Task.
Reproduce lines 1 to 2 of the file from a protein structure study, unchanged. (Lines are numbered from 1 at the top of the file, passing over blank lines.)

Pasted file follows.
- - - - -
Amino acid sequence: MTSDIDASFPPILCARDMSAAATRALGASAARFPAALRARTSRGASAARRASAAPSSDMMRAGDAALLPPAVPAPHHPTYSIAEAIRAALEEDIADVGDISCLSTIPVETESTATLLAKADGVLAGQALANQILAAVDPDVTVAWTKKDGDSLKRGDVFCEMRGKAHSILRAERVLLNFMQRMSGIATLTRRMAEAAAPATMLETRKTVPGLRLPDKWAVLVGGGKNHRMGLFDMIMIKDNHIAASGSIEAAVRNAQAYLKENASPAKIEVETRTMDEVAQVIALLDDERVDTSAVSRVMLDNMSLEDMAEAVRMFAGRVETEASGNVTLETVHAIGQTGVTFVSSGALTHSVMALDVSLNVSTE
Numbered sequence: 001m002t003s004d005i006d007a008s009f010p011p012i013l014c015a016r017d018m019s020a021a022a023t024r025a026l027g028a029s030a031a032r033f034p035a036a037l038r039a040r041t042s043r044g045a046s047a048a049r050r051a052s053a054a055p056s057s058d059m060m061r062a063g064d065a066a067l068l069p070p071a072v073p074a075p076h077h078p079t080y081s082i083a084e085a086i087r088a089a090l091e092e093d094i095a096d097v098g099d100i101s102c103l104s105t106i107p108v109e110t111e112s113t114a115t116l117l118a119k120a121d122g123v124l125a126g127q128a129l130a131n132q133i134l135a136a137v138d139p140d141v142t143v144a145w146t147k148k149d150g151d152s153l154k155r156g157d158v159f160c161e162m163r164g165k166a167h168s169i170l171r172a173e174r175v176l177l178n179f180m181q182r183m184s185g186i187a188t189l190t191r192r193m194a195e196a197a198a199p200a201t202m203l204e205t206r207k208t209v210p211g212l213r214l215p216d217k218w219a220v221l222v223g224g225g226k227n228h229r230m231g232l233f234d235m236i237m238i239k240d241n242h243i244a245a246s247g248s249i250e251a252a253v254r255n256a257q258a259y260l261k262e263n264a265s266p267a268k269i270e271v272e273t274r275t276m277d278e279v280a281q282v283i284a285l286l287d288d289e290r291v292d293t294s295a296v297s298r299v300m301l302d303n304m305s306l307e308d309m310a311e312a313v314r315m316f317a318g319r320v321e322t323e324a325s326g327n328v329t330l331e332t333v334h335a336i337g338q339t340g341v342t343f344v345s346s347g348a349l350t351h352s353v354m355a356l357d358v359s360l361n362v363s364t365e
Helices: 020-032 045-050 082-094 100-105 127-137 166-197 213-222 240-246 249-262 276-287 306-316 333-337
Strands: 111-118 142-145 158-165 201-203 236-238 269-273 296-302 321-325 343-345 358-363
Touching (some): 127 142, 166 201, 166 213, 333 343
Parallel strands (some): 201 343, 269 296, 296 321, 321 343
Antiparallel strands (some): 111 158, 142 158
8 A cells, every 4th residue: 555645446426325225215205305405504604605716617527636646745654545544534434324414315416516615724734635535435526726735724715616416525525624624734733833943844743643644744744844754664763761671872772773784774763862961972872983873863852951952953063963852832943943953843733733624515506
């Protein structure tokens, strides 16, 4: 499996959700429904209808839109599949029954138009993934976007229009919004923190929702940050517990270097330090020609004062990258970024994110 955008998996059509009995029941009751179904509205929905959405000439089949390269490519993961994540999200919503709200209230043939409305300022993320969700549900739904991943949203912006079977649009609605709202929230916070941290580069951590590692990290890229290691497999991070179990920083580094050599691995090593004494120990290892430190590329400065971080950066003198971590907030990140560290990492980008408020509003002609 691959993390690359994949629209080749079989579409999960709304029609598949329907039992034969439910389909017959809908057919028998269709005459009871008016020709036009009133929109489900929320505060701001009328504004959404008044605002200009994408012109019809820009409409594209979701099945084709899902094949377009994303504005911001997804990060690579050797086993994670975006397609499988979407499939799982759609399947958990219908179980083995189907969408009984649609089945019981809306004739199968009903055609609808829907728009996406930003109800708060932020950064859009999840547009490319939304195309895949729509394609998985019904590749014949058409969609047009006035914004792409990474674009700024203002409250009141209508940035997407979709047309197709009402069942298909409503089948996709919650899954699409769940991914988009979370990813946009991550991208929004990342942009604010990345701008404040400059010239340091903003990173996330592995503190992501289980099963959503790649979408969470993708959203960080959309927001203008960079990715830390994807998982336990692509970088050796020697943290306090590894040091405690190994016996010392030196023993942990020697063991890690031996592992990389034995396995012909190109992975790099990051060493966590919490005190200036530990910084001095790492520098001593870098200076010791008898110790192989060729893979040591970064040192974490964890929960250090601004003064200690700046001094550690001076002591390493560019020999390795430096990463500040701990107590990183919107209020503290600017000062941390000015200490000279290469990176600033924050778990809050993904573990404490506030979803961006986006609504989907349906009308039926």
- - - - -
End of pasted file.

Amino acid sequence: MTSDIDASFPPILCARDMSAAATRALGASAARFPAALRARTSRGASAARRASAAPSSDMMRAGDAALLPPAVPAPHHPTYSIAEAIRAALEEDIADVGDISCLSTIPVETESTATLLAKADGVLAGQALANQILAAVDPDVTVAWTKKDGDSLKRGDVFCEMRGKAHSILRAERVLLNFMQRMSGIATLTRRMAEAAAPATMLETRKTVPGLRLPDKWAVLVGGGKNHRMGLFDMIMIKDNHIAASGSIEAAVRNAQAYLKENASPAKIEVETRTMDEVAQVIALLDDERVDTSAVSRVMLDNMSLEDMAEAVRMFAGRVETEASGNVTLETVHAIGQTGVTFVSSGALTHSVMALDVSLNVSTE
Numbered sequence: 001m002t003s004d005i006d007a008s009f010p011p012i013l014c015a016r017d018m019s020a021a022a023t024r025a026l027g028a029s030a031a032r033f034p035a036a037l038r039a040r041t042s043r044g045a046s047a048a049r050r051a052s053a054a055p056s057s058d059m060m061r062a063g064d065a066a067l068l069p070p071a072v073p074a075p076h077h078p079t080y081s082i083a084e085a086i087r088a089a090l091e092e093d094i095a096d097v098g099d100i101s102c103l104s105t106i107p108v109e110t111e112s113t114a115t116l117l118a119k120a121d122g123v124l125a126g127q128a129l130a131n132q133i134l135a136a137v138d139p140d141v142t143v144a145w146t147k148k149d150g151d152s153l154k155r156g157d158v159f160c161e162m163r164g165k166a167h168s169i170l171r172a173e174r175v176l177l178n179f180m181q182r183m184s185g186i187a188t189l190t191r192r193m194a195e196a197a198a199p200a201t202m203l204e205t206r207k208t209v210p211g212l213r214l215p216d217k218w219a220v221l222v223g224g225g226k227n228h229r230m231g232l233f234d235m236i237m238i239k240d241n242h243i244a245a246s247g248s249i250e251a252a253v254r255n256a257q258a259y260l261k262e263n264a265s266p267a268k269i270e271v272e273t274r275t276m277d278e279v280a281q282v283i284a285l286l287d288d289e290r291v292d293t294s295a296v297s298r299v300m301l302d303n304m305s306l307e308d309m310a311e312a313v314r315m316f317a318g319r320v321e322t323e324a325s326g327n328v329t330l331e332t333v334h335a336i337g338q339t340g341v342t343f344v345s346s347g348a349l350t351h352s353v354m355a356l357d358v359s360l361n362v363s364t365e